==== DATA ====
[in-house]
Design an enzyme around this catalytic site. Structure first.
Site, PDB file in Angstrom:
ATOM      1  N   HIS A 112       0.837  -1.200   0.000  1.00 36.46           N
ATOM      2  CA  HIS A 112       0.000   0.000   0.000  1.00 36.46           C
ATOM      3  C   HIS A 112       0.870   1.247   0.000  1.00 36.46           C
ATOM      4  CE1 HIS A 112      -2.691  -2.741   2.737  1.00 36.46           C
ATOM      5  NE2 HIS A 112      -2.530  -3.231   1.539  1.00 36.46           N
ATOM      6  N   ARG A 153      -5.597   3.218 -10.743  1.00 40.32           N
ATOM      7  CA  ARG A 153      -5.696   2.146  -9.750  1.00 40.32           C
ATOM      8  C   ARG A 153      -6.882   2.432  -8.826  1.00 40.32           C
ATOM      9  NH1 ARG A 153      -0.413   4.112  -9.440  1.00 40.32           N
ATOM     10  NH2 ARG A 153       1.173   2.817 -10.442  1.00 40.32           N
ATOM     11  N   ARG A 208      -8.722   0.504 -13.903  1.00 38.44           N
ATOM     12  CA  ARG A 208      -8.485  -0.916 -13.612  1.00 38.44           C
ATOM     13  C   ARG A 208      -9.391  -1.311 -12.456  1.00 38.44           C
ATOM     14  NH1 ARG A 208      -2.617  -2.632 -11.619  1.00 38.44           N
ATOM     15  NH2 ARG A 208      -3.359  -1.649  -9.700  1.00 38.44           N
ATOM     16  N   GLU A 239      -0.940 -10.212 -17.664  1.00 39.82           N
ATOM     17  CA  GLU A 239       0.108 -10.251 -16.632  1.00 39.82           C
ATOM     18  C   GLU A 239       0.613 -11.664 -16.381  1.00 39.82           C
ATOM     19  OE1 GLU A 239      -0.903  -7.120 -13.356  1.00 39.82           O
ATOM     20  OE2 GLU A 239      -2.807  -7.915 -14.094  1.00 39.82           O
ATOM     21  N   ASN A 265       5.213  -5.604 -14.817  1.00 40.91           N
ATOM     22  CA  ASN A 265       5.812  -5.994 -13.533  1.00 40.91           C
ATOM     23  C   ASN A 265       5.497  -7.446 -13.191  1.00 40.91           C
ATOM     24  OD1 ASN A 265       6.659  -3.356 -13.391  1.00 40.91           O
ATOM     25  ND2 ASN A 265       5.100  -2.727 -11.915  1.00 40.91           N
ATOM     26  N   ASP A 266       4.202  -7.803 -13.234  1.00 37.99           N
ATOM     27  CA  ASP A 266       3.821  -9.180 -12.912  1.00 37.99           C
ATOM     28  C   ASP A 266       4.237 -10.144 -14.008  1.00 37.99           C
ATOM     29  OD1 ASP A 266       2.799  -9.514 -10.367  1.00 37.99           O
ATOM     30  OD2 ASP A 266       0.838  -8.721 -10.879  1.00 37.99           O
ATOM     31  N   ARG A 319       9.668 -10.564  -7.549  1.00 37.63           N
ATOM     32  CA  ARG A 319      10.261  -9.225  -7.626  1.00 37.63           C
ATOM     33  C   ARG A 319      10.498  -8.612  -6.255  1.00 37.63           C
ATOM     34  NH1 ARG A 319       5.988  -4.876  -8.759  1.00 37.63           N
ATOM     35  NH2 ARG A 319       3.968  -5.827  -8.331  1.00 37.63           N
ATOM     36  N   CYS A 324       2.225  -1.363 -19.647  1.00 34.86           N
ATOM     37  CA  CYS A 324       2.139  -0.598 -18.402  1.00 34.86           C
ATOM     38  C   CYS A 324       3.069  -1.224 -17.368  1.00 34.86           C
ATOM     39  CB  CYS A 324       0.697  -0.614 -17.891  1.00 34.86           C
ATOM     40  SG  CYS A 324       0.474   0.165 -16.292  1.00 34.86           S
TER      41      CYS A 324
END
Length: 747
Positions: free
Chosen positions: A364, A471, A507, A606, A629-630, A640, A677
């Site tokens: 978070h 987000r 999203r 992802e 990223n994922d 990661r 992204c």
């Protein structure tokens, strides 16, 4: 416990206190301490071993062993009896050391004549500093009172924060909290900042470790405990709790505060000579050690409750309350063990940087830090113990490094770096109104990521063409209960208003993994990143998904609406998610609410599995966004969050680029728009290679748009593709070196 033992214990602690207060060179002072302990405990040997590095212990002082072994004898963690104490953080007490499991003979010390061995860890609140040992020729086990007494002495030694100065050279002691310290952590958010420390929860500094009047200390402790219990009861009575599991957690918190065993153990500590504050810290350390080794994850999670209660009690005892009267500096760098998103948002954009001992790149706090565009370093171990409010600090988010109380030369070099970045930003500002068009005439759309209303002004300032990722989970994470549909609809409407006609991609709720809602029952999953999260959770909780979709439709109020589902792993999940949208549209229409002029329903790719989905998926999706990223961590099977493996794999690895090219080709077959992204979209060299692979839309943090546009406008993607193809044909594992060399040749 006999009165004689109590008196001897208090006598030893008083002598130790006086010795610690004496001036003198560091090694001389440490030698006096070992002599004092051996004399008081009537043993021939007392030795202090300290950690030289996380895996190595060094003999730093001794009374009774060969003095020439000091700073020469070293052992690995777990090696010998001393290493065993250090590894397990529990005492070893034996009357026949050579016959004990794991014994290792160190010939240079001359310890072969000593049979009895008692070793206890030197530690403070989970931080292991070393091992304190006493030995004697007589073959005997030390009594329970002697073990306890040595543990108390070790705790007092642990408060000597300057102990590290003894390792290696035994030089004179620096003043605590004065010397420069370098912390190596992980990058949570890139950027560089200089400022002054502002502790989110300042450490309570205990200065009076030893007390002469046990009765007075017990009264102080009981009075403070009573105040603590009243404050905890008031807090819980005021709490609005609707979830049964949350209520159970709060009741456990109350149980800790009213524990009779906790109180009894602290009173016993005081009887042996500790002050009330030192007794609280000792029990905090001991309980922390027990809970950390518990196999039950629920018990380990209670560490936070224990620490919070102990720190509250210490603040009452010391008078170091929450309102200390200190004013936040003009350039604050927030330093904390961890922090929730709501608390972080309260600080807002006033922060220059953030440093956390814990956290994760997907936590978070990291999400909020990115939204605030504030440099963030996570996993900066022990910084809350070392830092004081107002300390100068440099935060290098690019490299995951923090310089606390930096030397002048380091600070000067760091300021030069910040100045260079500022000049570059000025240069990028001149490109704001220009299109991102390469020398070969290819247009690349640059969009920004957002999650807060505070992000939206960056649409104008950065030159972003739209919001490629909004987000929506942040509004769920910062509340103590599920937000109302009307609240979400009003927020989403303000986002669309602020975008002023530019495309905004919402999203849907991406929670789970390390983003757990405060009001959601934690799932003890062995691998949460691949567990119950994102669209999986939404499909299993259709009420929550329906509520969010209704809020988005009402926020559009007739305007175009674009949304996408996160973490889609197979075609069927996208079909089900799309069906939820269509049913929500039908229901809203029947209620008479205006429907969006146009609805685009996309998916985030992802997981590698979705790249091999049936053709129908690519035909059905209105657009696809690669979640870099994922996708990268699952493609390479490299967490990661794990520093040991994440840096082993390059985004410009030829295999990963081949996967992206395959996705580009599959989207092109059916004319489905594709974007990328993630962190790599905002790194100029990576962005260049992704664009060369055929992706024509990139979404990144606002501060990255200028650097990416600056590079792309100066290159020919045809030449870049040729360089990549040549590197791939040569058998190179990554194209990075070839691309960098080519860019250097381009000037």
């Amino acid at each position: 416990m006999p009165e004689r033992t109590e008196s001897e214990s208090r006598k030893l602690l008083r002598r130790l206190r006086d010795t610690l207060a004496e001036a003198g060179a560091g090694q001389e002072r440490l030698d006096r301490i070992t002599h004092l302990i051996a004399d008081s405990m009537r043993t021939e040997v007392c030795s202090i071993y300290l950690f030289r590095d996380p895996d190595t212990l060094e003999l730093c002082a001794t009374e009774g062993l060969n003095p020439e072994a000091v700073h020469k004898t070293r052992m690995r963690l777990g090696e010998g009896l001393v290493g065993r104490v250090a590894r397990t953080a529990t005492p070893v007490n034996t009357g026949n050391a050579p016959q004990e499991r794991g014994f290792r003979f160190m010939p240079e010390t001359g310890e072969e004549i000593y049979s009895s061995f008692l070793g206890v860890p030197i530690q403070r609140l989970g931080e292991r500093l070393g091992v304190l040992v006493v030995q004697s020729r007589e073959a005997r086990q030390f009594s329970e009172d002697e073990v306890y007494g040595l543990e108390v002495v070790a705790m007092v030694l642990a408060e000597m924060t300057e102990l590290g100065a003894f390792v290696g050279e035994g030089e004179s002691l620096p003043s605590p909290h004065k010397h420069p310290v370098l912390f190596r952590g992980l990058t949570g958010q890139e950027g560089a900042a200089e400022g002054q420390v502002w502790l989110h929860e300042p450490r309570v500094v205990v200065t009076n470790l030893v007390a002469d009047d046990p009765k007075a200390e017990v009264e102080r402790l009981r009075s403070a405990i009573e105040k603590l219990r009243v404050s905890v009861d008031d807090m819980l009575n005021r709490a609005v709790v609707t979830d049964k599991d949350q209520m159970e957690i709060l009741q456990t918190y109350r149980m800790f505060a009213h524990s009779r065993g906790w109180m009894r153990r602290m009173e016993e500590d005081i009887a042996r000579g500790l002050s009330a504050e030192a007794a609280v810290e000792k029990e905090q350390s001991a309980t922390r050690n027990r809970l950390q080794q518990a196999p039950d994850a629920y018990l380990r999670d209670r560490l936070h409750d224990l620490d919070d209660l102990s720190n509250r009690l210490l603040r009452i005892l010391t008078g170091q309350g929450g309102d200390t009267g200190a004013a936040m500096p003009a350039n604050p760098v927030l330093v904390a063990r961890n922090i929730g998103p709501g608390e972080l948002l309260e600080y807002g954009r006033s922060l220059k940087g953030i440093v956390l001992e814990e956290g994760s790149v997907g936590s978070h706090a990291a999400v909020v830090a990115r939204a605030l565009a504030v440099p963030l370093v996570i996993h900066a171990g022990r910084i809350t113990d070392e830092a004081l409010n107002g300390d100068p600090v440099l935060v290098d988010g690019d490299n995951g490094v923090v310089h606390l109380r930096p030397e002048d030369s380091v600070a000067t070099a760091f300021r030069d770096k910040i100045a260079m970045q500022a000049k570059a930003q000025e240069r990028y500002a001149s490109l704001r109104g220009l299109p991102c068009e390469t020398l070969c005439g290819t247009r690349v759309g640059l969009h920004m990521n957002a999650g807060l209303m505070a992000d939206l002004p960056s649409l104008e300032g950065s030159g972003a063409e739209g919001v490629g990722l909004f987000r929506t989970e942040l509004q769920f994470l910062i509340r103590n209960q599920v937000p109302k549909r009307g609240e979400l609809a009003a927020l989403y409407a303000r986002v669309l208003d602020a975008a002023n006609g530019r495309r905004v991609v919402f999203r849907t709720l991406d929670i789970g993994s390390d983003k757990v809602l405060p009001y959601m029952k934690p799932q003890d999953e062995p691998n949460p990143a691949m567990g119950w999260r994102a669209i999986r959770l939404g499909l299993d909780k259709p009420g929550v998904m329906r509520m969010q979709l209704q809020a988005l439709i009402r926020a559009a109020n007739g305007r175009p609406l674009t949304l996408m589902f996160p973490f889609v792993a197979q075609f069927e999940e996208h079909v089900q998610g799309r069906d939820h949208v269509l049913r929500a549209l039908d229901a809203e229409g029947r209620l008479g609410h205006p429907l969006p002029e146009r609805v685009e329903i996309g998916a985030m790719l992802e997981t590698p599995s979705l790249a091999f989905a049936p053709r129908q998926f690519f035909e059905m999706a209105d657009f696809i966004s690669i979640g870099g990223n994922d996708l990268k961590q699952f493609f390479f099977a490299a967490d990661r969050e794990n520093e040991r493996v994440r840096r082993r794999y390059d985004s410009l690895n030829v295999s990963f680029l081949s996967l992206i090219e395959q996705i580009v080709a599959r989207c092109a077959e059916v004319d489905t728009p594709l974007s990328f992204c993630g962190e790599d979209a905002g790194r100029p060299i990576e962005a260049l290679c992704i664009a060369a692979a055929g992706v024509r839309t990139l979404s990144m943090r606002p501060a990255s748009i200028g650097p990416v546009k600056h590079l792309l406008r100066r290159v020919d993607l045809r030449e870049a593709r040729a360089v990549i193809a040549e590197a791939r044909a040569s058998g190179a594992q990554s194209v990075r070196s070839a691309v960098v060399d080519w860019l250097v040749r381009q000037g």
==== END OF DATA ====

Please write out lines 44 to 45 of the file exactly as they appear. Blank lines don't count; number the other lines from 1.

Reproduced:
TER      41      CYS A 324
END